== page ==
Known as the birthplace of the Rainbow Serpent and a sacred site according to indigenous legend, Mount Mulligan is spectacular but rarely seen.
Most people are aware of the Northern Territory’s iconic Uluru (Ayers Rock), but North Queensland has its own equally impressive version approximately three hours drive west of Cairns.
And then Mount Mulligan comes into view. You can’t miss it – in fact, this 18 kilometre-long sandstone ridge is 10 times larger than Ayers Rock.
Mount Mulligan sits within a 28,000 hectare working cattle station. It has a popular but rarely packed campsite and its focal point is a magical billabong bordered by elegant eucalyptus trees.
Things to do
During the day the camp site becomes a hub for swimming, kayaking and lazing around on hammocks but there are plenty of other things to do around Mt. Mulligan.
We set off on one morning to explore the nearby ruins of an old township that used to be centred around a coal mine until 1921, when an explosion killed 75 miners in Queensland’s worst mining disaster.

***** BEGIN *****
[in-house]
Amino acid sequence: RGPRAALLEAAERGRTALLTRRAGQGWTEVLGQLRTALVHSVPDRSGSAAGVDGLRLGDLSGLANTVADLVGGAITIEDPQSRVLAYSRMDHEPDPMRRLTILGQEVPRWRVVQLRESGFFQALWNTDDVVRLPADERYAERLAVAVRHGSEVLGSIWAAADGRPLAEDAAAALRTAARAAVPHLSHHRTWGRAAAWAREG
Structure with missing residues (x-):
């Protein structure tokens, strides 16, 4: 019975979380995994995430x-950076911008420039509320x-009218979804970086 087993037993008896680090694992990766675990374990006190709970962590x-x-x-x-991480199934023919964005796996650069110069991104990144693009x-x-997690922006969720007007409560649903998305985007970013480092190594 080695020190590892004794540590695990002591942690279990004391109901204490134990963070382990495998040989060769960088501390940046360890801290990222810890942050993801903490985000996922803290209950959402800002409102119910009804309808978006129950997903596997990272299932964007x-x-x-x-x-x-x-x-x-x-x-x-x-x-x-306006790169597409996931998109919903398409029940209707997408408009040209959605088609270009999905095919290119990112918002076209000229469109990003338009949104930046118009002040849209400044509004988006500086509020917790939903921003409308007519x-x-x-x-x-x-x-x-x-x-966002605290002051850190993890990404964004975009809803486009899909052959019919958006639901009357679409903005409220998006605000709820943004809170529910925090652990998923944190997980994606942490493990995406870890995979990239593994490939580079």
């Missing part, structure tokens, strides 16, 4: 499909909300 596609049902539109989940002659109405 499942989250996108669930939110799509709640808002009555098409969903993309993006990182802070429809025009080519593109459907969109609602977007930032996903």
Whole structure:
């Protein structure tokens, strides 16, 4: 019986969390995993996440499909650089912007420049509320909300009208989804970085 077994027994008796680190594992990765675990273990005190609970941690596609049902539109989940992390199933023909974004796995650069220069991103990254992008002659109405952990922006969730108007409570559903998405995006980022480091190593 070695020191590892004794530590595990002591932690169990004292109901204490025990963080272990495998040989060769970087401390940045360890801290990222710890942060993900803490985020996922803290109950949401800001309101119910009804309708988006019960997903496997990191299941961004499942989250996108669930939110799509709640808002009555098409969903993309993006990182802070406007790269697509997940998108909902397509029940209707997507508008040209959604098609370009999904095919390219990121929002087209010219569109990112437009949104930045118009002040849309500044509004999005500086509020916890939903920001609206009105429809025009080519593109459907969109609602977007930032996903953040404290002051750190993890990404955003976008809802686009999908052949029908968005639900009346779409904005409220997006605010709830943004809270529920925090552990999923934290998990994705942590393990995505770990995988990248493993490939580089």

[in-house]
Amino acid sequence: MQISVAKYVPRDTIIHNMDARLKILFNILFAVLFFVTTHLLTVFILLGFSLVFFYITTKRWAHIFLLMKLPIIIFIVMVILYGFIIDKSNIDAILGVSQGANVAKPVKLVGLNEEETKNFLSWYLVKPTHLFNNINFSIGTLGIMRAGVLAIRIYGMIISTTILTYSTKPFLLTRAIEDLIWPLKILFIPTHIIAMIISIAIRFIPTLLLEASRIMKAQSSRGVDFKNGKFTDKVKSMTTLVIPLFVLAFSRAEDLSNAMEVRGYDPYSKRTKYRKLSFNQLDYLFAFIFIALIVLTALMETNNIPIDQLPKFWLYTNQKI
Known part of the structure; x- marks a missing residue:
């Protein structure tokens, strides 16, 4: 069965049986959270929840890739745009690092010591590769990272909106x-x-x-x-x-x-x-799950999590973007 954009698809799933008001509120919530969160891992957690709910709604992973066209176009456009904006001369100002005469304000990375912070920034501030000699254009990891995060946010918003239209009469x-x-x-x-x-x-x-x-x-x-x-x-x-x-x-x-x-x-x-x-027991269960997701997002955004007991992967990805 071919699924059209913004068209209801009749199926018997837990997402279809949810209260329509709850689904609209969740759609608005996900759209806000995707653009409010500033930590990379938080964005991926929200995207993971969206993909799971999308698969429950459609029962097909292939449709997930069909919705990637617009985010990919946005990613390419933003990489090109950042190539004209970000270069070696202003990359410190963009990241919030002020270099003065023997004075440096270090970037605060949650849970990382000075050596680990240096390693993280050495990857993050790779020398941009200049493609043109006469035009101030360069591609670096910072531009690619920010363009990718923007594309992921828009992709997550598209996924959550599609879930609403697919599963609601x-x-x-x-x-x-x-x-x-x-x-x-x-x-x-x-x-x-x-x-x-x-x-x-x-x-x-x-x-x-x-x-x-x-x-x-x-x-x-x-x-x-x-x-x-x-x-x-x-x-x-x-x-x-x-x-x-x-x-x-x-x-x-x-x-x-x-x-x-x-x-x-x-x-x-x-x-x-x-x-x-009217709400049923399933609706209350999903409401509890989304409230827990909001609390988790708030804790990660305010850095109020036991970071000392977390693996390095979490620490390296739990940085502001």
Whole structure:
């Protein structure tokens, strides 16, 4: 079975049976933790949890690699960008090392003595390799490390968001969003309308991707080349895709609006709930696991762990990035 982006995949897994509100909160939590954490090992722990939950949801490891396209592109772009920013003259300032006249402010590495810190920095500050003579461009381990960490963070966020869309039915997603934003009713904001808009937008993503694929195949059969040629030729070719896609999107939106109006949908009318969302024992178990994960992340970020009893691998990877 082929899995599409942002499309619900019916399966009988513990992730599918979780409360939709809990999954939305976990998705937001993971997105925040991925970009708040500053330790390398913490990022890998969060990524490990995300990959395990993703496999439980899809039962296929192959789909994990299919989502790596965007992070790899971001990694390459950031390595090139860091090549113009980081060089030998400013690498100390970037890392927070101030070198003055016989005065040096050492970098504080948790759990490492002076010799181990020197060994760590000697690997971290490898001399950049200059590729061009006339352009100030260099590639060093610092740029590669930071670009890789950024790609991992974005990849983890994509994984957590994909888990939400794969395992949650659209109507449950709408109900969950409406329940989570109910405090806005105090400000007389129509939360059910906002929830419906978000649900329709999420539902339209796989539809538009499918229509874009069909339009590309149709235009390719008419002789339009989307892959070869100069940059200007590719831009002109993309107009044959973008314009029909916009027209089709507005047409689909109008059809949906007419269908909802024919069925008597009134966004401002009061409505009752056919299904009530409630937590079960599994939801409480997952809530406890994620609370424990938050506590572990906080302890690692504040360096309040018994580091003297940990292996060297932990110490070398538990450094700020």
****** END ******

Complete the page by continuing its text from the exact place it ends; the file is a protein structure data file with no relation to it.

It was interesting to learn about the history of the area and the cemetery is also worth a visit.
Quad bikes are available for hire, there are horse riding tours, helicopter flights (check availability before booking), gold fossicking, bushwalking and bird watching.
And for those wanting to hang out closer to camp there is obviously endless hours of fun to be had at the billabong, swimming and kayaking or fishing a little downstream.
While the trip to Mount Mulligan requires some dirt road driving (the last 44 kilometres of road is unsealed), campers won’t be disappointed. This is one of those fantastic word-of-mouth camping spots that few people get to see.
However, if camping is not your thing, another alternative to seeing Mount Mulligan is to take a scenic helicopter day tour from Cairns.
This is a fantastic trip. You won’t forget the views and there’s no better way to get a sense of just how enormous and empty this amazing country is.
travel nq Fast facts:
• Mount Mulligan is 180 kilometres from Cairns (the last 44 kilometres are unsealed roads).
• The campground has an amenities block with toilets and showers.
Top photo thanks to Tourism & Events Queensland